Ambulation in older people - mobility explained

Hayes, Catherine (2014) Ambulation in older people - mobility explained. British Journal of Healthcare Assistants, 8 (3). pp. 124-129. ISSN 1753-1586

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Abstract

The way older adults move is significantly different and progressively changing as part of an overall decline in physiological and mechanical function in the normal ageing process. The aim of the article is to provide an insight into how positioning of the skeleton and the musculoskeletal system contribute to an older person's capacity to remain independent and mobile, two key factors in their overall health and wellbeing.

Certain medical conditions can greatly influence the capacity people have to move; and they can become identifiable not as individuals but as the diseases they have been characterised by in their outward physical appearance.

Many HCAs will have no previous knowledge of the terminology of human walking and this article offers a basic introduction to how the gait cycle works and how this changes in ageing. Posture and stability are two pivotal elements to successful ambulation and these are considered alongside the overall concept of movement in older people. From a practical perspective, it offers a means of HCAs being compassionate and understanding about the ease of movement older people live with on a day-to-day basis.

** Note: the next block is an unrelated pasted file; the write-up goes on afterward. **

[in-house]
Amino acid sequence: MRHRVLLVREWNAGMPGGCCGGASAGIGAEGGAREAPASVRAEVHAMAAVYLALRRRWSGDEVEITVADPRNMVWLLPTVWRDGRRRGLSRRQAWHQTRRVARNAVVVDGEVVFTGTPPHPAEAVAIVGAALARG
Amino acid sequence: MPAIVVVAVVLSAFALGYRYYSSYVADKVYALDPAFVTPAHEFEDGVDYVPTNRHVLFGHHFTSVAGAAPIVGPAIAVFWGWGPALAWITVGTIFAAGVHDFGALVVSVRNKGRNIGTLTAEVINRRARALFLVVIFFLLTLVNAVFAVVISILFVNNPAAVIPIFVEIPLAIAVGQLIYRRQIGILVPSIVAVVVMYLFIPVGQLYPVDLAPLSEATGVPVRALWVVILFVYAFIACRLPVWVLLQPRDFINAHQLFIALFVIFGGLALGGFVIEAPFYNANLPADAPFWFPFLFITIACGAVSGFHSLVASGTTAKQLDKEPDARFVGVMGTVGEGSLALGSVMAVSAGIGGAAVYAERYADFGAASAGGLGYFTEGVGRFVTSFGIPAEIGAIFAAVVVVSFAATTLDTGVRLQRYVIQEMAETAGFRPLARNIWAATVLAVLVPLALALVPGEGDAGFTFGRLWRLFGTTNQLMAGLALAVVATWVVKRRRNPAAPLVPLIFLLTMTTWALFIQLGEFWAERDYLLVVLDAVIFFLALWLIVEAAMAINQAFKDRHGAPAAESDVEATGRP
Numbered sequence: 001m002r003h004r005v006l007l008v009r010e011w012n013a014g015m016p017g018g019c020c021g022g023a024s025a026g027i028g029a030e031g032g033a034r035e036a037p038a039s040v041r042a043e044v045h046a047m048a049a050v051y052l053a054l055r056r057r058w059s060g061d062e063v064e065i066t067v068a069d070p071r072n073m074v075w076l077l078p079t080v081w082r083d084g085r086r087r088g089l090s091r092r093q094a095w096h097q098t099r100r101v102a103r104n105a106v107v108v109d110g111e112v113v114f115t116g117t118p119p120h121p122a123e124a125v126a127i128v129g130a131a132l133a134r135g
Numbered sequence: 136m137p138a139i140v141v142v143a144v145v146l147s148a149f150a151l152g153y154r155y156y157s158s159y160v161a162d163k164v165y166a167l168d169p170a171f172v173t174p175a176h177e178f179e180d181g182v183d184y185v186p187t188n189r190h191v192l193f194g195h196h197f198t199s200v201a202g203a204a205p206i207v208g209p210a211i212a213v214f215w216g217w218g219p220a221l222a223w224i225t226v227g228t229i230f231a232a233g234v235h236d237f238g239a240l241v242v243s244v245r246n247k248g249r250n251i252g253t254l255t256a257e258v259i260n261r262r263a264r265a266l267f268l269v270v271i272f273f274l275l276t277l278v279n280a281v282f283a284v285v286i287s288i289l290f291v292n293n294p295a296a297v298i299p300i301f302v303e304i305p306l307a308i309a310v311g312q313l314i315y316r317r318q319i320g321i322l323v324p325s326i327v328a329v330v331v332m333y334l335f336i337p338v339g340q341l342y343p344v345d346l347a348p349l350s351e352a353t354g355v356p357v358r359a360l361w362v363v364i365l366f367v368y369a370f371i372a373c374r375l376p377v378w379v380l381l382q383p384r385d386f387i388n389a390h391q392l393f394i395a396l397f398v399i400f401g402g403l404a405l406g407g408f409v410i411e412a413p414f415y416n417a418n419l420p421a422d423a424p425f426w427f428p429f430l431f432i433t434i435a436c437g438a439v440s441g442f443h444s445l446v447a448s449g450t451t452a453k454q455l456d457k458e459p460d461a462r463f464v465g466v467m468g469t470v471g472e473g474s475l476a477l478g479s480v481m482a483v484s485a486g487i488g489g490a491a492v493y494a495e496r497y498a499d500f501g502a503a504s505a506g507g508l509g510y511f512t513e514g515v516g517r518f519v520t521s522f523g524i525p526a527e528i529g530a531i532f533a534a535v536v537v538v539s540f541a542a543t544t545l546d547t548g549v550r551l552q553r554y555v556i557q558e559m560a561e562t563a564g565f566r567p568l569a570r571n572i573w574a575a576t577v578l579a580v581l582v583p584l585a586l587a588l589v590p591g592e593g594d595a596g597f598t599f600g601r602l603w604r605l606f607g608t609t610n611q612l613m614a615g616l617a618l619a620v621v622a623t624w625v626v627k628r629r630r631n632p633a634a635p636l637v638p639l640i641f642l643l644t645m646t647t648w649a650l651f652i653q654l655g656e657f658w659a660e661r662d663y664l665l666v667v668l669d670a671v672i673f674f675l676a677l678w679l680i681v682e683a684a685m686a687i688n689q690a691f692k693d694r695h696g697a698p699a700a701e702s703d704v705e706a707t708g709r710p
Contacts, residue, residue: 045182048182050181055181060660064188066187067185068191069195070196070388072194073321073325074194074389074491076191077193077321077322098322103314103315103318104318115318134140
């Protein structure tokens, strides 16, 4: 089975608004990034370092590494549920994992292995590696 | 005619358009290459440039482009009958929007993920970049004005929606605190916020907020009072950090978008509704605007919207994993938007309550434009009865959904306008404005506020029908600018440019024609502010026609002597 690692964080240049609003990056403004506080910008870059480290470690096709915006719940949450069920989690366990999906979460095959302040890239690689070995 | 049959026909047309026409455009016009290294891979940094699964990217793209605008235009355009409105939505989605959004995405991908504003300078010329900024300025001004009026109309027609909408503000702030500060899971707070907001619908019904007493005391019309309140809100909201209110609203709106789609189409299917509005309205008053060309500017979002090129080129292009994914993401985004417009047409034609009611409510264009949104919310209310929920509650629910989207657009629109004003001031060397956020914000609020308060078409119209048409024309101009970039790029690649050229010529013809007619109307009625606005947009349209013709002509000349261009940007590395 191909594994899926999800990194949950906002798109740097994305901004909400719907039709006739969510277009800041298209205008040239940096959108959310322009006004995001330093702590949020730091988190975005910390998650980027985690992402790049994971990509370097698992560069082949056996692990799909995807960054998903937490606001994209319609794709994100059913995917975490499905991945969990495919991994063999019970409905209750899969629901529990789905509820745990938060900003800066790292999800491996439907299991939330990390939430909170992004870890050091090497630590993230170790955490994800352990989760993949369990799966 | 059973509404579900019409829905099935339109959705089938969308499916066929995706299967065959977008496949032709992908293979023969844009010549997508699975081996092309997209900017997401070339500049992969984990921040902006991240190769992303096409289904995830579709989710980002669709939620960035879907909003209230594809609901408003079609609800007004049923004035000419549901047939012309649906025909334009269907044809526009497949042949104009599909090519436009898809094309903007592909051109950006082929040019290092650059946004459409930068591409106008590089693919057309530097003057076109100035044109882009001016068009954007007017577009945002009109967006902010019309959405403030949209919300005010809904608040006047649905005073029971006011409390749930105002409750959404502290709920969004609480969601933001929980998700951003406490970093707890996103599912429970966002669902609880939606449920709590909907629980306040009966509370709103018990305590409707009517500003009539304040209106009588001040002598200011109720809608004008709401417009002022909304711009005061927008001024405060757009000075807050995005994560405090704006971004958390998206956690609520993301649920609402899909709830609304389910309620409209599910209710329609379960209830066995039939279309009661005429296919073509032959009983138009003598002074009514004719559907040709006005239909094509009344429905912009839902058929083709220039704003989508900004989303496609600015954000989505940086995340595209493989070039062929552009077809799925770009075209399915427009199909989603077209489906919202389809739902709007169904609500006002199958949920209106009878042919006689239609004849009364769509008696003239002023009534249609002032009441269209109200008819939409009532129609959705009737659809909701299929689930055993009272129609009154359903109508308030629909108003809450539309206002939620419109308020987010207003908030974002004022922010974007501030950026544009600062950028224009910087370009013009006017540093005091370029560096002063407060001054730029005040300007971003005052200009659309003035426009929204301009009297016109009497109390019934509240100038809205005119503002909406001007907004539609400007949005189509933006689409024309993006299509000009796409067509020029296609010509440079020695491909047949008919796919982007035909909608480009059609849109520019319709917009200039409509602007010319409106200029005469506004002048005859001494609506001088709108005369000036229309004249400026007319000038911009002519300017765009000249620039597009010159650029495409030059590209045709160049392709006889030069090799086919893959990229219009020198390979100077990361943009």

Item Type: Article
Subjects: Sciences
Social Sciences
Divisions: Faculty of Health Sciences and Wellbeing
Faculty of Health Sciences and Wellbeing > School of Nursing and Health Sciences
Depositing User: Paula Normington
Date Deposited: 22 Jul 2015 13:54
Last Modified: 06 Feb 2020 10:35
URI: http://sure.sunderland.ac.uk/id/eprint/5589

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